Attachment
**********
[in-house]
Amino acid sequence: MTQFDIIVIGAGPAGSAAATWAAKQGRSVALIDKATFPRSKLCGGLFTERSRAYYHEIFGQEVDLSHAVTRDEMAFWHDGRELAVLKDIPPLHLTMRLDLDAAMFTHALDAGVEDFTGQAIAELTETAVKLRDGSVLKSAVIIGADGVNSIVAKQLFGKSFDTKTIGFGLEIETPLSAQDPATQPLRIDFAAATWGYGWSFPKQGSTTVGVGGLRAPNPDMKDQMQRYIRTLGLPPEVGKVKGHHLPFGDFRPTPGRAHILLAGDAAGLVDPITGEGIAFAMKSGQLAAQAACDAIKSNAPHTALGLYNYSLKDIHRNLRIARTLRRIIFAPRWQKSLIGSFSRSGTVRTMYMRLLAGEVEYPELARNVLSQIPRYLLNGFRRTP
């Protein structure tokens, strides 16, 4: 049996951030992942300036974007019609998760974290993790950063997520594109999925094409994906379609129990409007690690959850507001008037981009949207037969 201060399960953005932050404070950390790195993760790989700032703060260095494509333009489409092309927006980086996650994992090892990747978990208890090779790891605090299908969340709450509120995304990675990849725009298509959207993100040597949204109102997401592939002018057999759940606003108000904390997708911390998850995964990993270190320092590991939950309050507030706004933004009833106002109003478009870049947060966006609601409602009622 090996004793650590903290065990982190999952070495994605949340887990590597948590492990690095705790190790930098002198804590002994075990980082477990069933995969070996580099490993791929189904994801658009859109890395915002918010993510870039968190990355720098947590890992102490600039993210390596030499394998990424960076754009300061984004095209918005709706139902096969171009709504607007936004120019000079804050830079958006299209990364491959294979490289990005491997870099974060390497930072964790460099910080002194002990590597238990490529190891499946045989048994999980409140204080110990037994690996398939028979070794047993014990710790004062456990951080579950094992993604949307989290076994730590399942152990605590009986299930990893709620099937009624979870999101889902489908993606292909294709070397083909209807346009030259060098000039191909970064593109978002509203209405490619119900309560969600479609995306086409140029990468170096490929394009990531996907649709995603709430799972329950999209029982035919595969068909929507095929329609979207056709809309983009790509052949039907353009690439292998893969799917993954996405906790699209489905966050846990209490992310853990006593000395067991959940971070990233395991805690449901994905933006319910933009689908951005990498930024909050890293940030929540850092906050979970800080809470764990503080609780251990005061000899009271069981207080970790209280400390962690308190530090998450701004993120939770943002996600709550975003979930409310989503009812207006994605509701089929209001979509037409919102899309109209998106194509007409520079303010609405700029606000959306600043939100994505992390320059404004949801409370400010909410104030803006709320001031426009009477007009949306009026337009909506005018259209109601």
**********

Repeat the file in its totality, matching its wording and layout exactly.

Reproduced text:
[in-house]
Amino acid sequence: MTQFDIIVIGAGPAGSAAATWAAKQGRSVALIDKATFPRSKLCGGLFTERSRAYYHEIFGQEVDLSHAVTRDEMAFWHDGRELAVLKDIPPLHLTMRLDLDAAMFTHALDAGVEDFTGQAIAELTETAVKLRDGSVLKSAVIIGADGVNSIVAKQLFGKSFDTKTIGFGLEIETPLSAQDPATQPLRIDFAAATWGYGWSFPKQGSTTVGVGGLRAPNPDMKDQMQRYIRTLGLPPEVGKVKGHHLPFGDFRPTPGRAHILLAGDAAGLVDPITGEGIAFAMKSGQLAAQAACDAIKSNAPHTALGLYNYSLKDIHRNLRIARTLRRIIFAPRWQKSLIGSFSRSGTVRTMYMRLLAGEVEYPELARNVLSQIPRYLLNGFRRTP
């Protein structure tokens, strides 16, 4: 049996951030992942300036974007019609998760974290993790950063997520594109999925094409994906379609129990409007690690959850507001008037981009949207037969 201060399960953005932050404070950390790195993760790989700032703060260095494509333009489409092309927006980086996650994992090892990747978990208890090779790891605090299908969340709450509120995304990675990849725009298509959207993100040597949204109102997401592939002018057999759940606003108000904390997708911390998850995964990993270190320092590991939950309050507030706004933004009833106002109003478009870049947060966006609601409602009622 090996004793650590903290065990982190999952070495994605949340887990590597948590492990690095705790190790930098002198804590002994075990980082477990069933995969070996580099490993791929189904994801658009859109890395915002918010993510870039968190990355720098947590890992102490600039993210390596030499394998990424960076754009300061984004095209918005709706139902096969171009709504607007936004120019000079804050830079958006299209990364491959294979490289990005491997870099974060390497930072964790460099910080002194002990590597238990490529190891499946045989048994999980409140204080110990037994690996398939028979070794047993014990710790004062456990951080579950094992993604949307989290076994730590399942152990605590009986299930990893709620099937009624979870999101889902489908993606292909294709070397083909209807346009030259060098000039191909970064593109978002509203209405490619119900309560969600479609995306086409140029990468170096490929394009990531996907649709995603709430799972329950999209029982035919595969068909929507095929329609979207056709809309983009790509052949039907353009690439292998893969799917993954996405906790699209489905966050846990209490992310853990006593000395067991959940971070990233395991805690449901994905933006319910933009689908951005990498930024909050890293940030929540850092906050979970800080809470764990503080609780251990005061000899009271069981207080970790209280400390962690308190530090998450701004993120939770943002996600709550975003979930409310989503009812207006994605509701089929209001979509037409919102899309109209998106194509007409520079303010609405700029606000959306600043939100994505992390320059404004949801409370400010909410104030803006709320001031426009009477007009949306009026337009909506005018259209109601």